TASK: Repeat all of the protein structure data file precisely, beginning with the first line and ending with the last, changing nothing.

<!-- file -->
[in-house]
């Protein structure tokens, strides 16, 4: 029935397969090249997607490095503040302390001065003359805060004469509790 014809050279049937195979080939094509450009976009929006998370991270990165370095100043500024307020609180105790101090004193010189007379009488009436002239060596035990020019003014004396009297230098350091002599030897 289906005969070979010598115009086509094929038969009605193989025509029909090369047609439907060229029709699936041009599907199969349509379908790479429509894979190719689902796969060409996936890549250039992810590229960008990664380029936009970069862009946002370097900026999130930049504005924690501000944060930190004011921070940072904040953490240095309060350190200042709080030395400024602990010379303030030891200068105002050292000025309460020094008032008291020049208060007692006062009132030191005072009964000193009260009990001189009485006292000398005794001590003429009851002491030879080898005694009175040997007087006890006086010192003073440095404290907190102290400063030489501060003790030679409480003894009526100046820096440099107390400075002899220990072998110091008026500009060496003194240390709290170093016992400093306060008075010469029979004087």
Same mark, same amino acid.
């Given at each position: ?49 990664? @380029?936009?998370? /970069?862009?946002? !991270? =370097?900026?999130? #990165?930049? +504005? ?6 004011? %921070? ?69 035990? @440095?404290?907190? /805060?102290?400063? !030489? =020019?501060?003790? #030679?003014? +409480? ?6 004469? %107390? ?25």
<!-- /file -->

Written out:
[in-house]
């Protein structure tokens, strides 16, 4: 029935397969090249997607490095503040302390001065003359805060004469509790 014809050279049937195979080939094509450009976009929006998370991270990165370095100043500024307020609180105790101090004193010189007379009488009436002239060596035990020019003014004396009297230098350091002599030897 289906005969070979010598115009086509094929038969009605193989025509029909090369047609439907060229029709699936041009599907199969349509379908790479429509894979190719689902796969060409996936890549250039992810590229960008990664380029936009970069862009946002370097900026999130930049504005924690501000944060930190004011921070940072904040953490240095309060350190200042709080030395400024602990010379303030030891200068105002050292000025309460020094008032008291020049208060007692006062009132030191005072009964000193009260009990001189009485006292000398005794001590003429009851002491030879080898005694009175040997007087006890006086010192003073440095404290907190102290400063030489501060003790030679409480003894009526100046820096440099107390400075002899220990072998110091008026500009060496003194240390709290170093016992400093306060008075010469029979004087």
Same mark, same amino acid.
């Given at each position: ?49 990664? @380029?936009?998370? /970069?862009?946002? !991270? =370097?900026?999130? #990165?930049? +504005? ?6 004011? %921070? ?69 035990? @440095?404290?907190? /805060?102290?400063? !030489? =020019?501060?003790? #030679?003014? +409480? ?6 004469? %107390? ?25």